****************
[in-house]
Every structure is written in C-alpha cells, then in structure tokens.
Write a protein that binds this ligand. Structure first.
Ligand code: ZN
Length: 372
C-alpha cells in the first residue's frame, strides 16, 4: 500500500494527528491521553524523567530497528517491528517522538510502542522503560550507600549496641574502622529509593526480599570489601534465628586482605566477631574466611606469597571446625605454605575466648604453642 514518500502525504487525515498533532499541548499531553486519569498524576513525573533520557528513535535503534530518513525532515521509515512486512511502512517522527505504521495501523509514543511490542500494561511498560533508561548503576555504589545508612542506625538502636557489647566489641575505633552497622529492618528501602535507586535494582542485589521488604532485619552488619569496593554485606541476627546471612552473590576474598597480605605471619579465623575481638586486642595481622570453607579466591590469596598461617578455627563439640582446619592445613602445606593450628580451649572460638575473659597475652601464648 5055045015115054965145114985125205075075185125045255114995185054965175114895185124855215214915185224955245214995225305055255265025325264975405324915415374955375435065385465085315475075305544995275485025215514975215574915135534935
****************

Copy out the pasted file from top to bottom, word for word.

[in-house]
Every structure is written in C-alpha cells, then in structure tokens.
Write a protein that binds this ligand. Structure first.
Ligand code: ZN
Length: 372
C-alpha cells in the first residue's frame, strides 16, 4: 500500500494527528491521553524523567530497528517491528517522538510502542522503560550507600549496641574502622529509593526480599570489601534465628586482605566477631574466611606469597571446625605454605575466648604453642 514518500502525504487525515498533532499541548499531553486519569498524576513525573533520557528513535535503534530518513525532515521509515512486512511502512517522527505504521495501523509514543511490542500494561511498560533508561548503576555504589545508612542506625538502636557489647566489641575505633552497622529492618528501602535507586535494582542485589521488604532485619552488619569496593554485606541476627546471612552473590576474598597480605605471619579465623575481638586486642595481622570453607579466591590469596598461617578455627563439640582446619592445613602445606593450628580451649572460638575473659597475652601464648 5055045015115054965145114985125205075075185125045255114995185054965175114895185124855215214915185224955245214995225305055255265025325264975405324915415374955375435065385465085315475075305544995275485025215514975215574915135534935